His poems confift of elegies, odes, and ballads, humorous fallies, and moral pieces.

His conception of an Elegy he has in his Preface very judiciously and difcriminately explained. It is, according to his account, the effufion of a comtemplative mind, fometimes plaintive, and always ferious, and therefore fuperior to the glitter of flight ornaments. His compofitions fuit not ill to this defcrip tion. His topicks of praise are the domeftick virtues, and his thoughts are pure and fimple; but, wanting combination, they want variety. The peace of solitude, the innocence of inactivity, and the unenvied fecurity of an humble station, can fill but a few pages. That of which the effence is uniformity will be foon defcribed. His Elegies have therefore too much refemblance of each other.

The lines are fometimes, fuch as Elegy requires, fmooth and easy; but to this praise his claim is not conftant; his diction is often harfh, improper, and affected; his words ill-coined, or ill-chofen, and his phrafe unfkilfully inverted.

The Lyrick Poems are almost all of the light and airy kind, fuch as trip lightly and nimbly along, without the load of any weighty meaning. From thefe, however, "Rural Elegance" has fome right to be excepted. I once heard it praised by a very learned lady; and though the lines are irregular, and the


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thoughts diffufed with too much verbofity, yet it cannot be denied to contain both philofophical argument and poetical fpirit.

Of the reft I cannot think any excellent; the Skylark" pleases me best, which has however more of the epigram than of the ode.

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But the four parts of his " Paftoral Ballad" demand particular notice. I cannot but regret that it is pastoral; an intelligent reader, acquainted with the scenes of real life, fickens at the mention of the crook, the pipe, the sheep, and the kids, which it is not neceffary to bring forward to notice, for the poet's art is felection, and he ought to fhew the beauties without the groffness of the country life. His ftanza feems to have been chofen in imitation of Rowe's " Defpairing "Shepherd."

In the first part are two paffages, to which if any mind denies its fympathy, it has no acquaintance with love or nature;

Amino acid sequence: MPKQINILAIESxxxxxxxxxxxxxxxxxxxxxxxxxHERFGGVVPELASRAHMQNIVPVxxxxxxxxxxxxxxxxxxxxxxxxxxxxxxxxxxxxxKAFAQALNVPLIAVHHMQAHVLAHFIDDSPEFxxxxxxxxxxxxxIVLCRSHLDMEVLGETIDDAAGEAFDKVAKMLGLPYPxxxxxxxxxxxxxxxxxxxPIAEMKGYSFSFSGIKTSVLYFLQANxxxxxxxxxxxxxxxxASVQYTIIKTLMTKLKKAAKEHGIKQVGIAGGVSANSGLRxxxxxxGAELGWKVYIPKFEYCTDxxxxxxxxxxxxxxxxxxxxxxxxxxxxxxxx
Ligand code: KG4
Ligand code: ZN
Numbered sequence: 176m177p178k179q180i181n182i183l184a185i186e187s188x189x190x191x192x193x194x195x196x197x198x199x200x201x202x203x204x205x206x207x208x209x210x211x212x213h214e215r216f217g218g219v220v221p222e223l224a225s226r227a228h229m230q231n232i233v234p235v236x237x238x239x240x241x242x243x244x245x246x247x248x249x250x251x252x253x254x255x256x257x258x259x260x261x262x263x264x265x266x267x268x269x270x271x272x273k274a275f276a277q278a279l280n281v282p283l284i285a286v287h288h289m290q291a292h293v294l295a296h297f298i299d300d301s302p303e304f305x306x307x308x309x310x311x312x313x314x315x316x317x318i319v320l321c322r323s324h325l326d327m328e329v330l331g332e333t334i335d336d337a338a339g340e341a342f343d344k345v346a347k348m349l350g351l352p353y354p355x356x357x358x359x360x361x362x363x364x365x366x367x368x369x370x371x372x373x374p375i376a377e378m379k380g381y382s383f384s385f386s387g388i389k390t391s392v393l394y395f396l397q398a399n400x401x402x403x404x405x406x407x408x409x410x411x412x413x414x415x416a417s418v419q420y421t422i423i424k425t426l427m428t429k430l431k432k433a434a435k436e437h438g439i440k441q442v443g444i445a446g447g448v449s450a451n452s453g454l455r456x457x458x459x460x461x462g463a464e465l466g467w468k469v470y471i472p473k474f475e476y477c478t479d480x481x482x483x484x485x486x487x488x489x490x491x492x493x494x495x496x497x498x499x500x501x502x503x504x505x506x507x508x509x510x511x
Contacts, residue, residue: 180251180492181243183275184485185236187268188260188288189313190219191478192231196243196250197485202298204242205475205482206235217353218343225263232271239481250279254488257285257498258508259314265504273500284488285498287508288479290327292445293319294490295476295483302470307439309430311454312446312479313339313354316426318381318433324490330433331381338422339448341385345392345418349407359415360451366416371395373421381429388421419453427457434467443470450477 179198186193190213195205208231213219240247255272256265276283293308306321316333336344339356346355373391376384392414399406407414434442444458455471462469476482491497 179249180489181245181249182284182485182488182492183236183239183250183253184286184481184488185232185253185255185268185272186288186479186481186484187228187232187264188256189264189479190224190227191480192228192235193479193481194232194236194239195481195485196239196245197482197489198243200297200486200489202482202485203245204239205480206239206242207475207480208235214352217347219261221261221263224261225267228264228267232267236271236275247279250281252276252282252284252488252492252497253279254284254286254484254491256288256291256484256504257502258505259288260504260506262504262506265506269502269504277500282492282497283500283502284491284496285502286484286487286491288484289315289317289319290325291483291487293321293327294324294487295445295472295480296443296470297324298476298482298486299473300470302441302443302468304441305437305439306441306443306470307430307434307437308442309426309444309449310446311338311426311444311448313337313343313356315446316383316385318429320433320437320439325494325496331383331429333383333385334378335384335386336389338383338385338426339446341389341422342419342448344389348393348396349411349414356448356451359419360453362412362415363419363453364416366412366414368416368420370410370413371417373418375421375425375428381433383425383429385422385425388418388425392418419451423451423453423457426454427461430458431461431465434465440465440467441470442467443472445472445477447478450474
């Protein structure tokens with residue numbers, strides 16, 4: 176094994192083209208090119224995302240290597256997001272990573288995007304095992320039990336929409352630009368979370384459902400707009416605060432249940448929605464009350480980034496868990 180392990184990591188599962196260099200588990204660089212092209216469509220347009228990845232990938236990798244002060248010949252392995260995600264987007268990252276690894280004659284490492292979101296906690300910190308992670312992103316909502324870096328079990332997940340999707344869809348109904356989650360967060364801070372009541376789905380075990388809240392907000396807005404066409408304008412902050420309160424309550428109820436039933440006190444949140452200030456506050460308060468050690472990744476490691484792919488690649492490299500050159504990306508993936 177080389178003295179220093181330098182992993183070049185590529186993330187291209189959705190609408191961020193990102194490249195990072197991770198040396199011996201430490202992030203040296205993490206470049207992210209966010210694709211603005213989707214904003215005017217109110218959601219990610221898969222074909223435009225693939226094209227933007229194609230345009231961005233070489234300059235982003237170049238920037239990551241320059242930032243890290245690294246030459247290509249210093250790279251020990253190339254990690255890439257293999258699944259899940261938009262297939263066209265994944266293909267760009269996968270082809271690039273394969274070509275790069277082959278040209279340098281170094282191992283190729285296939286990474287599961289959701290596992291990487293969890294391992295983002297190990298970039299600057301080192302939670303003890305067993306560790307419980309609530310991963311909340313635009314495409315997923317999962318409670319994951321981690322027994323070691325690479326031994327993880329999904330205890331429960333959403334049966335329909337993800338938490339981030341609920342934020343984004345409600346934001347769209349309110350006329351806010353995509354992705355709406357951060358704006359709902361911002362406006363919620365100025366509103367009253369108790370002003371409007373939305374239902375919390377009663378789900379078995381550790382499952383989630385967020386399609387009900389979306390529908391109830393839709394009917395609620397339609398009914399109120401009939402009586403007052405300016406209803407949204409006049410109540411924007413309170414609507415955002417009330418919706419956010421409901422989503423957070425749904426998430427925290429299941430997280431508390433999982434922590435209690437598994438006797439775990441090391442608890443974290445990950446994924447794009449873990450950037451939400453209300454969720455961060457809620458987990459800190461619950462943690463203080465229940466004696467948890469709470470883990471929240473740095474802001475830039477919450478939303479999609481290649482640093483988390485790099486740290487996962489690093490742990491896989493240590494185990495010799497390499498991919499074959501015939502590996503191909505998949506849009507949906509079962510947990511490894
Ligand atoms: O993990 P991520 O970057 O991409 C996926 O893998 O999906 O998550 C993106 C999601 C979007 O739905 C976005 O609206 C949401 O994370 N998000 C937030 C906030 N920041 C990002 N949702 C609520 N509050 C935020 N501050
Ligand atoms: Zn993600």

I priz'd every hour that went by,

Beyond all that had pleas'd me before;
But now they are past, and I figh,

And I grieve that I priz'd them no more.
When forc'd the fair nymph to forego,
What anguish I felt in my heart!
Yet I thought-but it might not be fo,
'Twas with pain that the faw me depart.

She gaz'd, as I flowly withdrew,
My path I could hardly difcern;
So fweetly the bade me adieu,

I thought that the bade me return.

In the fecond this paffage has its prettiness, though

it be not equal to the former:

I have found out a gift for my fair;

I have found where the wood-pigeons breed:
But let me that plunder forbear,
She will say 'twas a barbarous deed:

For he ne'er could be true, she averr'd,

Who could rob a poor bird of its young;
And I lov'd her the more when I heard

Such tenderness fall from her tongue.

In the third he mentions the common-places of amorous poetry with fome address:

'Tis his with mock paffion to glow!

'Tis his in smooth tales to unfold,
How her face is as bright as the snow,
And her bofom, be fure, is as cold:
How the nightingales labour the ftrain,

With the notes of this charmer to vie;
How they vary their accents in vain,
Repine at her triumphs, and die.

In the fourth I find nothing better than this natural ftrain of Hope:

Alas! from the day that we met,

What hope of an end to my woes, When I cannot endure to forget

The glance that undid my repofe ?

Yet Time may diminish the pain:

The flower, and the fhrub, and the tree,
Which I rear'd for her pleasure in vain,
In time may have comfort for me.